## Moment of Inertia of a Tee (T)

This tool calculates the moment of inertia I (second moment of area) of a tee section. Enter the shape dimensions 'h', 'b', 't_{f} ' and 't_{w} ' below. The calculated results will have the same units as your input. Please use consistent units for any input.

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t _{w} = | ||||||||||||||||||||||||||||||||||||||||||||||||||||||||||||||||||||||||||||||||||||||||||||||||||

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## Definitions

The moment of inertia of a tee section can be found if the total area is divided into two, smaller ones, A, B, as shown in figure below. Sub-area A consists of the entire web plus the part of the flange just above it, while sub-area B consists of the remaining flange part, having a width equal to b-t_{w} . The final area, may be considered as the additive combination of A+B. Therefore, the moment of inertia I_{x} of the tee section, relative to non-centroidal x1-x1 axis, passing through the top edge, is determined like this:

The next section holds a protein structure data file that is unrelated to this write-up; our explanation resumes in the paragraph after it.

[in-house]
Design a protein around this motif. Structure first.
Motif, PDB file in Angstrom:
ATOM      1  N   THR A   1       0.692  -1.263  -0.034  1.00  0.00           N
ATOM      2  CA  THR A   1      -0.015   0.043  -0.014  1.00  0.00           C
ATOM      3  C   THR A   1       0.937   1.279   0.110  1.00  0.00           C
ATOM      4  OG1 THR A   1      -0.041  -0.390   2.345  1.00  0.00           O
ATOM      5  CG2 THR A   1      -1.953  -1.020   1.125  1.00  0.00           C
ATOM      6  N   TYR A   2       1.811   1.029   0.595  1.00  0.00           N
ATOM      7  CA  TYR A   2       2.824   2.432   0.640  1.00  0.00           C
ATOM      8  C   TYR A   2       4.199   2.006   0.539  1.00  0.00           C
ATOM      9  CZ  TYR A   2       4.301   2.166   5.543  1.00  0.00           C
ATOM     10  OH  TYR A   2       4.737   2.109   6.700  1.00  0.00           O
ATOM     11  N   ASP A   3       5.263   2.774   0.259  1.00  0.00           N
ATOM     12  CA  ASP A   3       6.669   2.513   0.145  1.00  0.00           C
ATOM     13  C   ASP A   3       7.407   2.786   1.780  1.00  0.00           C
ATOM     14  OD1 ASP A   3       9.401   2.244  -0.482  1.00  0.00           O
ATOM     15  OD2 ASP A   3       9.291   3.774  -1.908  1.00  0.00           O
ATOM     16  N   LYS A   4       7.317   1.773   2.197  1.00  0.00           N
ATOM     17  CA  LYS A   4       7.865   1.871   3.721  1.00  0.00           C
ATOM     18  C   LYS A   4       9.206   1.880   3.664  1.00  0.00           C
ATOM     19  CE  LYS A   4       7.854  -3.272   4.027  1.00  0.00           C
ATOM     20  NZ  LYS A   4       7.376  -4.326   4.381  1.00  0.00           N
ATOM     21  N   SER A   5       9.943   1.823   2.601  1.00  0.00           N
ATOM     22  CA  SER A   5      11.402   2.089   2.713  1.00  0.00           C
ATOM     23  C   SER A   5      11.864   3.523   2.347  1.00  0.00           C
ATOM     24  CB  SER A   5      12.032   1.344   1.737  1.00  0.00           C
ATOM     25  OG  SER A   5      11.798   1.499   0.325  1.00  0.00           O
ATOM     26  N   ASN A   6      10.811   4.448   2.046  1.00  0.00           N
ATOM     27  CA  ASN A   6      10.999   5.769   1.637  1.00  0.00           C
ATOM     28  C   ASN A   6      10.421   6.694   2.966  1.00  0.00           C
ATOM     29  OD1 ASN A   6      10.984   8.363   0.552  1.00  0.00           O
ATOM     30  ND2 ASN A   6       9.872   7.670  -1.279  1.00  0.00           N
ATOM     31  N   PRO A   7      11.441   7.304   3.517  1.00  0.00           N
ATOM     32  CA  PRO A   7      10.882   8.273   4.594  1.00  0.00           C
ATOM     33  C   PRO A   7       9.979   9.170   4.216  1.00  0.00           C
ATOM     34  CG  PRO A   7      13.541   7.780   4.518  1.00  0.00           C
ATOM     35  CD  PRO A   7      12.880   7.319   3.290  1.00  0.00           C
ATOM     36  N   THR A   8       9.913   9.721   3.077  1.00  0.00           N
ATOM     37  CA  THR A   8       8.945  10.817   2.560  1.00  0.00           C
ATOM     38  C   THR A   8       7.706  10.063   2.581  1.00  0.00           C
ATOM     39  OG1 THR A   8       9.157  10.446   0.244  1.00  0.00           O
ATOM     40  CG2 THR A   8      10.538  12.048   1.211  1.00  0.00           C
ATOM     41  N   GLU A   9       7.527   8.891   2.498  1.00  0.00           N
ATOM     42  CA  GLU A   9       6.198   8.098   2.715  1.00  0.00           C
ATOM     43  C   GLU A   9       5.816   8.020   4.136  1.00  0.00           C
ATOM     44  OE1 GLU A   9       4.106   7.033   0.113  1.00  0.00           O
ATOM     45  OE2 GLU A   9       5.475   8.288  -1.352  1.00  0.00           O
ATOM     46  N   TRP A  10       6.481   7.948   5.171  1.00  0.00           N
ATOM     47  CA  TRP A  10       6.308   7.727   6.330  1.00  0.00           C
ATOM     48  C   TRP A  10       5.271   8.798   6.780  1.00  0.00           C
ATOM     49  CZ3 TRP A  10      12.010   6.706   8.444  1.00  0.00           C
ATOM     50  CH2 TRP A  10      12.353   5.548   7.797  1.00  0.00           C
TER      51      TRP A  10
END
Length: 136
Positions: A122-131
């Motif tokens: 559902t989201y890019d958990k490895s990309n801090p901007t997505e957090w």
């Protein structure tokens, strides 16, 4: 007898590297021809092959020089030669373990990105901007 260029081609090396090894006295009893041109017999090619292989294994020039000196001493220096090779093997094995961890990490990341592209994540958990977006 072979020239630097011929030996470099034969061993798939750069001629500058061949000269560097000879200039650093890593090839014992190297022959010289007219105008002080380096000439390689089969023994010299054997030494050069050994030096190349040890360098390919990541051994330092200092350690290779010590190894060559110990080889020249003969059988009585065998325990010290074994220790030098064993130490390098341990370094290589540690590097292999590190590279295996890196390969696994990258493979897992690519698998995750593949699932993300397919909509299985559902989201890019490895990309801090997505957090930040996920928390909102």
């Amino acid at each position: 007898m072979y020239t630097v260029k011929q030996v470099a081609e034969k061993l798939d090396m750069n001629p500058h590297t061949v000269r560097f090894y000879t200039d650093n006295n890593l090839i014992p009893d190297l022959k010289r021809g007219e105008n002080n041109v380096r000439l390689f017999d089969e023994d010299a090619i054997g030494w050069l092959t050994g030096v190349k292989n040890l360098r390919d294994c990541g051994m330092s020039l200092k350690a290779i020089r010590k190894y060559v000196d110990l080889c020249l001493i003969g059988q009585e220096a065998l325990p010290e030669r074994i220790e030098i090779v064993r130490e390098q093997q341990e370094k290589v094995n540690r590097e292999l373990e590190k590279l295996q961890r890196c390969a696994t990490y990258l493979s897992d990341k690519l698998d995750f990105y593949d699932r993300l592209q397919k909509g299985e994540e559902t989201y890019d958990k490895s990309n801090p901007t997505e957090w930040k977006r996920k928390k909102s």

\[ I_{x1} = \frac{t_w h^3}{3} +\frac{(b-t_w) t_{f}^3}{3}\]

where h the tee height, b the width of the flange, t_{f} the thickness of the flange (parallel to x-x) and t_{w} the thickness of the web (perpendicular to x-x).

Knowing I_{x1} , the moment of inertia I_{x} relative to centroidal x-x axis, can be determined using the Parallel Axes Theorem (see below). For this purpose, the distance between parallel axes x and x1 is needed. In other words, the location of the centroid must be determined. Its distance from the bottom edge of the tee is named y_{c} in the figure below, however for this calculation we need its distance from the top edge, which should be h-y_{c} . Using the first moments of area, of the sub-areas A,B, relative to axis x1, we find that:

\[ A(h-y_c) = (t_w h)\frac{h}{2} + [(b-t_w) {t_f}]\frac{{t_f}}{2}\Rightarrow \]

\[ h-y_c = \frac{1}{A}\left( \frac{t_w h^2}{2} + \frac{(b-t_w) {t_f}^2}{2} \right) \]

where A is the area of the shape, equal to:

\[A= (b-t_w) t_f + h t_w \]